3. Max says:

    Mr Modesitt’s experiences stint in the halls of power makes for the better books. I always chuckle when his protagonists, when faced with bureaucracy and short sightedness in government/academia, usually end up with physically shaking up or killing their opponent in the end.

    1. Nate says:

      I think that that is maybe why The Green Progression gets consistently low reviews (in contrast – I love the book). Because it has people destroyed politically, behind the curtain of power, instead of the more obvious conclusion of someone getting killed blatantly.

  4. Joe says:

    I would like to read your long article on why the Civil Service is both cumbersome and slow to react.

  5. Wayne Kernochan says:

    If Mr. Modesitt is going naked on his experience in politics, I think it might be useful to him and the reader to go a little naked myself. I also majored in Government at Harvard (only Harvard would be arrogant enough to call it that) back when,was an intern in Sen. Pell’s office for a summer and helped ghost-write a book for him, was in intern in Interior under Train for a summer with a side stint in Man Under the Sea, and did my senior thesis on dredge-fill pollution in navigable waterways (yes, that’s a political issue). I heard from my Dad about his Legislative Drafting Fund, Mom about her LWV and UN experience, and did some digging about my Grand-dad’s experience in Commerce under FDR and Truman. Since then, mostly a lurker.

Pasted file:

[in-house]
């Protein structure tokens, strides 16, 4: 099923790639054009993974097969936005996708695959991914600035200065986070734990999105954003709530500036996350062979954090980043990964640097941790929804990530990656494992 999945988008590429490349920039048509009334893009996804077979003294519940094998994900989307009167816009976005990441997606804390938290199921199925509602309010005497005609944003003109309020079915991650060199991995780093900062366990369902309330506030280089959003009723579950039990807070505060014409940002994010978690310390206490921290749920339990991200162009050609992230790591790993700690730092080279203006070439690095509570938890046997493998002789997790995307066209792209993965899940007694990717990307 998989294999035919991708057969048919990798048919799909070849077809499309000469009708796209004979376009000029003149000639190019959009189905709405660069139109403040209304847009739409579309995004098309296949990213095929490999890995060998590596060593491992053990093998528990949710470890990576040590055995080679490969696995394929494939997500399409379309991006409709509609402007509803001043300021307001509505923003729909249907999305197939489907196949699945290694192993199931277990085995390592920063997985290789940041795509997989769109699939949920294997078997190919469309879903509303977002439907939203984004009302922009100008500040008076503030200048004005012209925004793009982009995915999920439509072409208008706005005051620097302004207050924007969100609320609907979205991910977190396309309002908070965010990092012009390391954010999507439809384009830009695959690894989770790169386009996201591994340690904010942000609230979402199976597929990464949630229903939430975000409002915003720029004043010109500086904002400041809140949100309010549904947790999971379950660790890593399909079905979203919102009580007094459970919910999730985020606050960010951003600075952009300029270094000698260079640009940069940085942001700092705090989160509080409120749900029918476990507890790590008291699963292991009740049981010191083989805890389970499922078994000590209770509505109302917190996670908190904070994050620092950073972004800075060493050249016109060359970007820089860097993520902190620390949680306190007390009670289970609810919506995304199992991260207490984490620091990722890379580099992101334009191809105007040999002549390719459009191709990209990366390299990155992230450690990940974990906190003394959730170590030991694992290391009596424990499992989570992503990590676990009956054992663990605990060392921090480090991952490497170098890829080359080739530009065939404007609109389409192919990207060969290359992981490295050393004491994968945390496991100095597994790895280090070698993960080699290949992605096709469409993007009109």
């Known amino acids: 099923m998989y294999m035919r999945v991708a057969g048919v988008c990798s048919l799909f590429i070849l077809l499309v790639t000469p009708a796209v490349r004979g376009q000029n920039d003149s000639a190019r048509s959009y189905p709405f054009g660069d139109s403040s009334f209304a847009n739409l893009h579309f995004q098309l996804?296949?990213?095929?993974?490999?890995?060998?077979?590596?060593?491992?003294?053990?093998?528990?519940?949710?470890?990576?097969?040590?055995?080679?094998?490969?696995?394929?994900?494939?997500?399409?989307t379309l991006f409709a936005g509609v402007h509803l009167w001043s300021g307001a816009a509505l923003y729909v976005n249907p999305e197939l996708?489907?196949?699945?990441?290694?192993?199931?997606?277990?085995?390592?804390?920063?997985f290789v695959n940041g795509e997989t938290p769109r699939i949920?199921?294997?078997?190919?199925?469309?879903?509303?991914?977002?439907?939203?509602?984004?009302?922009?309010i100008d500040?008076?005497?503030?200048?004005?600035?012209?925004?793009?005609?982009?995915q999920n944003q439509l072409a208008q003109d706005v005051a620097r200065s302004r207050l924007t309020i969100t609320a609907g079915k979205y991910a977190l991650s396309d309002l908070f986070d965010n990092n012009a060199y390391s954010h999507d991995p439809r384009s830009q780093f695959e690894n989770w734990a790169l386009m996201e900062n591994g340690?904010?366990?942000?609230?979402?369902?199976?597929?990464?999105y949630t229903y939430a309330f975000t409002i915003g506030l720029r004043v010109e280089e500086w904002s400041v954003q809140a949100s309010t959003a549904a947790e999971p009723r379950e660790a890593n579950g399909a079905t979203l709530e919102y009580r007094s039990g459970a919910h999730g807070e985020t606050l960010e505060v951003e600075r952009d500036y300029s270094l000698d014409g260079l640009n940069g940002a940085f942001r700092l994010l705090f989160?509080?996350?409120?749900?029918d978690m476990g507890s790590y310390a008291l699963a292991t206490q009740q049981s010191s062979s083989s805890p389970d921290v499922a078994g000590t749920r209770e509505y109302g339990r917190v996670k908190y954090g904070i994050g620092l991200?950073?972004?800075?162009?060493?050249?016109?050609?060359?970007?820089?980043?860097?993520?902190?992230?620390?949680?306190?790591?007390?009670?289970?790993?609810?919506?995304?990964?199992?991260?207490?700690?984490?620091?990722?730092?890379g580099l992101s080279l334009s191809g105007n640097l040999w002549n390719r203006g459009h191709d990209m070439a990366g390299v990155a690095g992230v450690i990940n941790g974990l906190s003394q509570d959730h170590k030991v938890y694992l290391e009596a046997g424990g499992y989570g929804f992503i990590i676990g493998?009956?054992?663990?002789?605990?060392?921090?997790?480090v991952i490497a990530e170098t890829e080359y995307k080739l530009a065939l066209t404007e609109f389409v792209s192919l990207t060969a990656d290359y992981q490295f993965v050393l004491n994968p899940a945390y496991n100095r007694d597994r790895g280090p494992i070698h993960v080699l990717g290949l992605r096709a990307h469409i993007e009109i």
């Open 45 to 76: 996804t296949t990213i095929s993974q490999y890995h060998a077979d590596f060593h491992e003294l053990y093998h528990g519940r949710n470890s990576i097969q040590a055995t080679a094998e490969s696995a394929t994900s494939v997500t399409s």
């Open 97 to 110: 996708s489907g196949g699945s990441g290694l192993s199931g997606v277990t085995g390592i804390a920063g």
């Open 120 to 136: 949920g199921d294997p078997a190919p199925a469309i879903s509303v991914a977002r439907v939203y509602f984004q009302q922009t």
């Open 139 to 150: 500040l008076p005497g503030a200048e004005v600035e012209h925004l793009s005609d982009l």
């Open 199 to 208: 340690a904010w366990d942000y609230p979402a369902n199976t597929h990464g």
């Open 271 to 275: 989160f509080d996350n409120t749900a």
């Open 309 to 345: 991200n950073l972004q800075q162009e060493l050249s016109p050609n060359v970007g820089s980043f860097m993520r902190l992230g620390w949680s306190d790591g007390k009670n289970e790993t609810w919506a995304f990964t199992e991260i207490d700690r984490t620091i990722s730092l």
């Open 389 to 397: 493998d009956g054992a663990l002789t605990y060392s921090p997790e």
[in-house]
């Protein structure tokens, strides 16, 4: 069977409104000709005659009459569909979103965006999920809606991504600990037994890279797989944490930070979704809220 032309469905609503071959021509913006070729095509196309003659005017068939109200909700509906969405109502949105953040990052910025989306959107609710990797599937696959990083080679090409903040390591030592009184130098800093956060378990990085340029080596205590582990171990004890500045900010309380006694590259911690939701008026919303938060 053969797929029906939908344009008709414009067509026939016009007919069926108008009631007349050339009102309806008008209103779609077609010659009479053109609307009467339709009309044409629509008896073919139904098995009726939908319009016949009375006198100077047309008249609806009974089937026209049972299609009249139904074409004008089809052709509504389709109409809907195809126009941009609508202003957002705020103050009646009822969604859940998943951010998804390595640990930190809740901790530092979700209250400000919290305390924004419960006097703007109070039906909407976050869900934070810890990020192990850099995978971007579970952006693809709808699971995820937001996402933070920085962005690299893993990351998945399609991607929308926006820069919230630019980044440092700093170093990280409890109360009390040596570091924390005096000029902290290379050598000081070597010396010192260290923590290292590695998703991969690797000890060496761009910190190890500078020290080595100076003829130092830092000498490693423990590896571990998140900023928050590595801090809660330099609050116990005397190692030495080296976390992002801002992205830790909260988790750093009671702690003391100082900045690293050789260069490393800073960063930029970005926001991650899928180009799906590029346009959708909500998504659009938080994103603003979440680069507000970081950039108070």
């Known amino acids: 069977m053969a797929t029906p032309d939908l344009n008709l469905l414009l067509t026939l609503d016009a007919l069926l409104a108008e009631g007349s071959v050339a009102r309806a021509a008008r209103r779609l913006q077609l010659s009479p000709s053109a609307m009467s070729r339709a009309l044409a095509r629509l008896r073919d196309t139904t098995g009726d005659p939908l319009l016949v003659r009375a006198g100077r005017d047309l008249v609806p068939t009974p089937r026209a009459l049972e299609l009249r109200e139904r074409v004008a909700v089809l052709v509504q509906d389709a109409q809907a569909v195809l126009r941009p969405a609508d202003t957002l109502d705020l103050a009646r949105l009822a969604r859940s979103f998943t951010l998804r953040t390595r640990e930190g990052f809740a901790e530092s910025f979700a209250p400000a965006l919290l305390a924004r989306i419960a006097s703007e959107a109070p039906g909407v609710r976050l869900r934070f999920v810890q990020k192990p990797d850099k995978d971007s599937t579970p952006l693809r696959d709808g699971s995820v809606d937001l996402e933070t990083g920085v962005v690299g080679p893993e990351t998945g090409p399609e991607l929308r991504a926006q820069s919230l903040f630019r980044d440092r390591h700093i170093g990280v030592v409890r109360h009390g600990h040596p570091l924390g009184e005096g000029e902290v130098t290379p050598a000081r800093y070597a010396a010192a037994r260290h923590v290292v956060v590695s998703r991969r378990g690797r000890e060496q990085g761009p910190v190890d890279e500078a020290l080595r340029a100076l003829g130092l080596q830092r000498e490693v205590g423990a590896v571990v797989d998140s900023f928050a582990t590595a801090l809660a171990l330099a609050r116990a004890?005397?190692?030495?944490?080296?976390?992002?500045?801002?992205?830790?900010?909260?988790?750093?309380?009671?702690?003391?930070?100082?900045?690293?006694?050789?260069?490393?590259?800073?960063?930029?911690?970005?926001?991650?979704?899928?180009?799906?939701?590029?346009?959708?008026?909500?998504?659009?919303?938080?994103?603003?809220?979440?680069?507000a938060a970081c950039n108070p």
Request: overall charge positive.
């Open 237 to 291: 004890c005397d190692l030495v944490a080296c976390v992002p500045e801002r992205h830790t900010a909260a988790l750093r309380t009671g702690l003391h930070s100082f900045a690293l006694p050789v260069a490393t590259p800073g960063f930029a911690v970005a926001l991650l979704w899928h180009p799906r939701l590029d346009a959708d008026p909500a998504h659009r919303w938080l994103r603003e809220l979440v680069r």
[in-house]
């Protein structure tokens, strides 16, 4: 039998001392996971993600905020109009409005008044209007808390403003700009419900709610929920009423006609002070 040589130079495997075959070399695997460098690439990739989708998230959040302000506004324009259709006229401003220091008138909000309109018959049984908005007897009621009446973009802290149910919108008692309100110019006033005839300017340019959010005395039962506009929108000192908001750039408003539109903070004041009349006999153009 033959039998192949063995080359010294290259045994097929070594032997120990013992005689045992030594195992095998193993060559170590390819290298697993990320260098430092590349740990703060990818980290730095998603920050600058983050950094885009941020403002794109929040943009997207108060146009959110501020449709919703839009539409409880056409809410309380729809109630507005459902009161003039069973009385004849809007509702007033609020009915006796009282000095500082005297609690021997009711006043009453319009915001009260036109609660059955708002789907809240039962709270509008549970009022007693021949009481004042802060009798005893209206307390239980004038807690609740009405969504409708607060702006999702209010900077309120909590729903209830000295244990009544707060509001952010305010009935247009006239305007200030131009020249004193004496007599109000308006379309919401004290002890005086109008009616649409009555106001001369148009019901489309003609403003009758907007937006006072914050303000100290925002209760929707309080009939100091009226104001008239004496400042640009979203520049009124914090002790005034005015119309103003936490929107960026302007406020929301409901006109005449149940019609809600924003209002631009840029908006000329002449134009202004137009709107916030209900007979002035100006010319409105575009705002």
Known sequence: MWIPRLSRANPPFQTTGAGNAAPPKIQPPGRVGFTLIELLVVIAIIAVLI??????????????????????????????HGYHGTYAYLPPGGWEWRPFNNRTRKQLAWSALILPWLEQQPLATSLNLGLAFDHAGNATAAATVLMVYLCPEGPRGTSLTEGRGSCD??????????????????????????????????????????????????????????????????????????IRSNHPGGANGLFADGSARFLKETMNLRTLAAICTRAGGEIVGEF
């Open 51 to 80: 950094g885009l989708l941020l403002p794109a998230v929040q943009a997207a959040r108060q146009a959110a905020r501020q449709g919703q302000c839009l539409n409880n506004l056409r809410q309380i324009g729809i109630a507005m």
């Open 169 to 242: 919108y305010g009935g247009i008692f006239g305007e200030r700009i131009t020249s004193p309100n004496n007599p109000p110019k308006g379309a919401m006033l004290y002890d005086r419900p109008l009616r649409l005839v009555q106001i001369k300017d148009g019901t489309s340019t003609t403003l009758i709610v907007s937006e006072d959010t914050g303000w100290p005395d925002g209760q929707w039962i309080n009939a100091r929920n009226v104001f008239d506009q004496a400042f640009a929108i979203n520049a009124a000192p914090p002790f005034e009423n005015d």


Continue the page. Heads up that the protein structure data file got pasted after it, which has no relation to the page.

So I don’t know nearly as much about politics at the retail level as Mr. Modesitt, but I do think that there are books/other media out there that give a flavor of the national level, as I have seen/investigated it.

    For the executive branch, I would recommend Bruce Catton’s 3-volume opus about the Civil War. That sounds strange, but it makes clear how US politics operates in an extreme situation, and what makes a good politician (and Lincoln grew to be very, very good) as opposed to a less good one (like Chase or Davis). Plus, it’s superbly written.

    But, personally, I would round that out with Vidal’s Lincoln. Vidal had been there (father a Senator), and he has a quirky view of the US as an empire, but he has a superb eye for the sleazy sides of the whole affair which somehow makes you appreciate some politicians more. Plus, he takes much more the point of view of the failures, like Chase.